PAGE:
DENVER — The June 28 primary election will be relatively boring for Colorado Democrats.
There are a few contested Congressional races for the Democrats to sort out, but the big statewide races have just one candidate moving forward to November's general election.
The most interesting Democratic primary might be for a state House seat in Denver.
Voters will decide between a progressive, Elisabeth Epps, and a centrist, Katie March. And the winner could sway policy decisions at the state Capitol.
That is likely why big money is interested in House District 6 (HD 6), which includes Capitol Hill, Congress Park and Lowry.
"I represent the Democratic wing of the Democratic Party," said Epps, a community organizer and former public defender. "My opponent and I in this HD 6 race are two people, who in many other political systems, would not even be in the same political party, period."
"I believe that we need to have, in House District 6, a person who is elected as a representative who has progressive values, but can also get to real results," said March, a former historian and senior advisor to Democratic House Speaker State Rep. Alec Garnett.
The race between two Democrats has caught the attention of the Colorado Chamber of Commerce and a couple of apartment associations.
The Chamber, which generally supports Republican candidates, recently put out a slate of endorsements with nine Republicans and four Democrats. One of those four Democrats was March.
She also received maximum contributions of $5,350 from two apartment associations.
"I think organizations like the Apartment Association and I don't agree on every subject, but they do really appreciate my stance on wanting to increase affordable housing," said March. "I have been very honest about my positions with anyone who asks, right? That I support renter protections. I support working with people to make sure that our costs of rents go down."
An Epps supporter pointed out on social media that she accepted three contributions totaling $600 from someone who, in 2018, was paid to lobby for the National Rifle Association (NRA).
"I worked with him on a bill to protect union firefighter pensions, and he apparently had taken a small contract with the NRA many years ago, which has since ceased. After finding out this information, I returned the contribution," said March. "It is absolutely laughable that I would take money from the NRA or that they would want to give me money. I have spent my career at the (state) Capitol fighting for gun violence prevention laws."
But if the contribution was not from the NRA, why give it back?
"I think it's an acknowledgement that I don't work with the NRA," said March. "I believe that we need to pass things like implementing waiting periods and an assault weapons ban, gun store licensure, and those are completely antithetical to what the NRA stands for."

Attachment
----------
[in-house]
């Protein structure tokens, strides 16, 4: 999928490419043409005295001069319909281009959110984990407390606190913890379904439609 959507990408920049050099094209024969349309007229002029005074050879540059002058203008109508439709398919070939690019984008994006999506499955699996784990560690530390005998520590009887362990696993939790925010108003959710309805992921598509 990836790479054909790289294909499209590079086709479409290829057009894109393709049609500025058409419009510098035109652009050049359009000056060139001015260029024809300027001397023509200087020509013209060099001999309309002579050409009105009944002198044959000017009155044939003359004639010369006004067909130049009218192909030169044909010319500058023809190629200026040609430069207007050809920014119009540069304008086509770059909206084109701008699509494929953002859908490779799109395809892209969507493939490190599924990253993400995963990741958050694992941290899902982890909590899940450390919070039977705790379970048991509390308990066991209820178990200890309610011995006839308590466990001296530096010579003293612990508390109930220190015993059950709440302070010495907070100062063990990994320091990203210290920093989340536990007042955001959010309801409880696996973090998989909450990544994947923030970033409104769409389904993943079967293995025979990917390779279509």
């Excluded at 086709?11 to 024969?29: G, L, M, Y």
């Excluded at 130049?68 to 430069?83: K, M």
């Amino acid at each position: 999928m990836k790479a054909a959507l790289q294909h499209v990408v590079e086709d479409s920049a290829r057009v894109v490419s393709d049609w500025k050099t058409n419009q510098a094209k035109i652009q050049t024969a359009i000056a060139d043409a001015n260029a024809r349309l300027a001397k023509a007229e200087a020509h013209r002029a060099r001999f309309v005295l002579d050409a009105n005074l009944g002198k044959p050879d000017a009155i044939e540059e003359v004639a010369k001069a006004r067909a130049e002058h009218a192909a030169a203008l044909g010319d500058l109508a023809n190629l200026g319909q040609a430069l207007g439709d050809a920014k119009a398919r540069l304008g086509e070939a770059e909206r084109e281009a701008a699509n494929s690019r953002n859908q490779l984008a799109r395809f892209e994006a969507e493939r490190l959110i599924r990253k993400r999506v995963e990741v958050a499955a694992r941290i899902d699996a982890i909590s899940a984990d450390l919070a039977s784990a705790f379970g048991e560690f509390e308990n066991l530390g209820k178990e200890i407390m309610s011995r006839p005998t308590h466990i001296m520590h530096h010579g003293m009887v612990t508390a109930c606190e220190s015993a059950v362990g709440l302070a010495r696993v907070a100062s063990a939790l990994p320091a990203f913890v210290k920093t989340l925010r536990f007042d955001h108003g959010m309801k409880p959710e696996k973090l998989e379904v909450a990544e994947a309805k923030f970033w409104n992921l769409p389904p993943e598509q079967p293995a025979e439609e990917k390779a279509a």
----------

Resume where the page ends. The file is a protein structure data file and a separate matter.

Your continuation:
The connection between the contributor and the NRA was based on searching the contributor's name in a separate lobbyist database.
"No candidate has the ability to check the employment history of every single person who contributes to them," said March.
"I feel pretty confident about the makeup of who's supporting me. I very much welcome and invite someone to point out anything that they would find concerning," said Epps.
Epps, the farther left of the two left candidates, would add to a growing roster of progressives at the state Capitol.
Which might explain why contributions are coming from places that might not normally be interested in Democratic politics.
"It's sort of just donating to the lesser of two evils if you're not loving either candidate," said DU Assistant Political Science Professor Sara Chatfield.
"I'm going to push back on the suggestion that the groups don't support either of us. What those groups don't support is progress," said Epps. "They don't just not want me, the status quo is working for them."
Even though the primary is between two Democrats, it feels like a general election between two candidates with opposing views.
The far left wing of Democrats currently at the state Capitol have, at times, fought their own party, as well as Republicans.
"I care a lot about gun violence prevention, affordable housing, worker protections, climate legislation," said March.
"I don't need corporate money and I don't need problematic money to run and to win this race," said Epps. "They don't support regulating greenhouse gas emissions. They don't support smart and sensible drug policy. They don't support protections for tenants, for renters. They don't support full collective bargaining rights. They don't support a full statewide ban on assault weapons."
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